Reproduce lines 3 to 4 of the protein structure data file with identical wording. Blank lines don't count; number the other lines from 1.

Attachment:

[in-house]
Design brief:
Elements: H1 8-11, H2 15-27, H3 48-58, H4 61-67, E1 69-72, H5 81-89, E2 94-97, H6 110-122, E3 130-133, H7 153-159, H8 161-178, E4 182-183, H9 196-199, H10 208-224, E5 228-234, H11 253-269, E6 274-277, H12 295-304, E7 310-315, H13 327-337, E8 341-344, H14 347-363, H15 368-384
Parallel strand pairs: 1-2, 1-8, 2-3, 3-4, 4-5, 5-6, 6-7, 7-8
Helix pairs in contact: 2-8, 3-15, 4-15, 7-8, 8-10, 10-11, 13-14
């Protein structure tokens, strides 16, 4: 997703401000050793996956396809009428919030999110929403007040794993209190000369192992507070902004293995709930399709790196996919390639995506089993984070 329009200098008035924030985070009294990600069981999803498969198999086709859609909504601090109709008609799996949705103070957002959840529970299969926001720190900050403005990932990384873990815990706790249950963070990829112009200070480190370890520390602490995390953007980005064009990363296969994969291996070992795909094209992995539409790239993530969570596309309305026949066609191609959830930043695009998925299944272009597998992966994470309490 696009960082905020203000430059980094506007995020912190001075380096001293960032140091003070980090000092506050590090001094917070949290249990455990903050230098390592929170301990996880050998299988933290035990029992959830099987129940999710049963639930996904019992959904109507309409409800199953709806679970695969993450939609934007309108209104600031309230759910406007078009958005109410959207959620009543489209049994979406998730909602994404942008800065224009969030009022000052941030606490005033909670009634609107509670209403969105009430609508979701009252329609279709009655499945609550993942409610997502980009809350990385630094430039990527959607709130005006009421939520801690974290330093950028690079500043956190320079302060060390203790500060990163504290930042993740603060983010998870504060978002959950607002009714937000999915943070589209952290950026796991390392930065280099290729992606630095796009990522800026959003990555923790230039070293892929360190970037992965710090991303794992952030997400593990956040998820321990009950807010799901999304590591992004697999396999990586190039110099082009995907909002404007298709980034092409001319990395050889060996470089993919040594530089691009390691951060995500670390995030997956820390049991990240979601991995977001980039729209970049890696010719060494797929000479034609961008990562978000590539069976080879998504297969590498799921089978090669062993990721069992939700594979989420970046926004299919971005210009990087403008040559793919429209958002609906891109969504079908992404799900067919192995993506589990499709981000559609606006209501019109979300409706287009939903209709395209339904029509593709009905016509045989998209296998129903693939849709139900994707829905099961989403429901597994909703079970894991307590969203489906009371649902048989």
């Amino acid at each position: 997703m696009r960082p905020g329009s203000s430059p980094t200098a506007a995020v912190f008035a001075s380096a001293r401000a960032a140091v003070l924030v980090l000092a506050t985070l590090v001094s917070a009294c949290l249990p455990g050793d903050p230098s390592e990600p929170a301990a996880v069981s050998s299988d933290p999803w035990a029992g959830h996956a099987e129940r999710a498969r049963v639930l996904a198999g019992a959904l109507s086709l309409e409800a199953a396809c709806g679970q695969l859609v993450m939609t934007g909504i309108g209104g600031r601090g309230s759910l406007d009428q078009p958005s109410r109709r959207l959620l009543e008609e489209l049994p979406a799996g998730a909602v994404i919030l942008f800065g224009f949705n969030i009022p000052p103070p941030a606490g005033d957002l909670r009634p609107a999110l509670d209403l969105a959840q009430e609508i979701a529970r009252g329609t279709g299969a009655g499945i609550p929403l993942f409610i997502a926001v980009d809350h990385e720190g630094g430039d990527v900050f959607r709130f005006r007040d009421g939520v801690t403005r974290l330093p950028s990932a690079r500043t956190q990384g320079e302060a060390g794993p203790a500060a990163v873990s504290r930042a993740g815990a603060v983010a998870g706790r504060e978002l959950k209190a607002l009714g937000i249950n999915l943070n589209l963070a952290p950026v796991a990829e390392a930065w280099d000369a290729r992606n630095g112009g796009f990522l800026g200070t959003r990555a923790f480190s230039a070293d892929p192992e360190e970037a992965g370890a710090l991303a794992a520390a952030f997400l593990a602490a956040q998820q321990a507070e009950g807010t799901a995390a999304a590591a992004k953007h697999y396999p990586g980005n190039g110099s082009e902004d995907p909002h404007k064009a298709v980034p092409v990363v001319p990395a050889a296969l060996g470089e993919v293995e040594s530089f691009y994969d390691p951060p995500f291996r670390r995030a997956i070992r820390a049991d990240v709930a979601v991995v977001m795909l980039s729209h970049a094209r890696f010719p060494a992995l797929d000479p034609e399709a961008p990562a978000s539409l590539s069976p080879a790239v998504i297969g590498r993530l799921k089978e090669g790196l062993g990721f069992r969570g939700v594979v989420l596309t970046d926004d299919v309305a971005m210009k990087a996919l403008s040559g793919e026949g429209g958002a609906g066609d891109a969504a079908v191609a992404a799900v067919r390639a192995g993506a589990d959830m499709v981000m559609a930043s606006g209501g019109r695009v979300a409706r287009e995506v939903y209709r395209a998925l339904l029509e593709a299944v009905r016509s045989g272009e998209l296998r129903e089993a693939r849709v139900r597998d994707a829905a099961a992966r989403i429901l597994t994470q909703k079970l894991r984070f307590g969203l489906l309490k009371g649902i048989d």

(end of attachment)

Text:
Elements: H1 8-11, H2 15-27, H3 48-58, H4 61-67, E1 69-72, H5 81-89, E2 94-97, H6 110-122, E3 130-133, H7 153-159, H8 161-178, E4 182-183, H9 196-199, H10 208-224, E5 228-234, H11 253-269, E6 274-277, H12 295-304, E7 310-315, H13 327-337, E8 341-344, H14 347-363, H15 368-384
Parallel strand pairs: 1-2, 1-8, 2-3, 3-4, 4-5, 5-6, 6-7, 7-8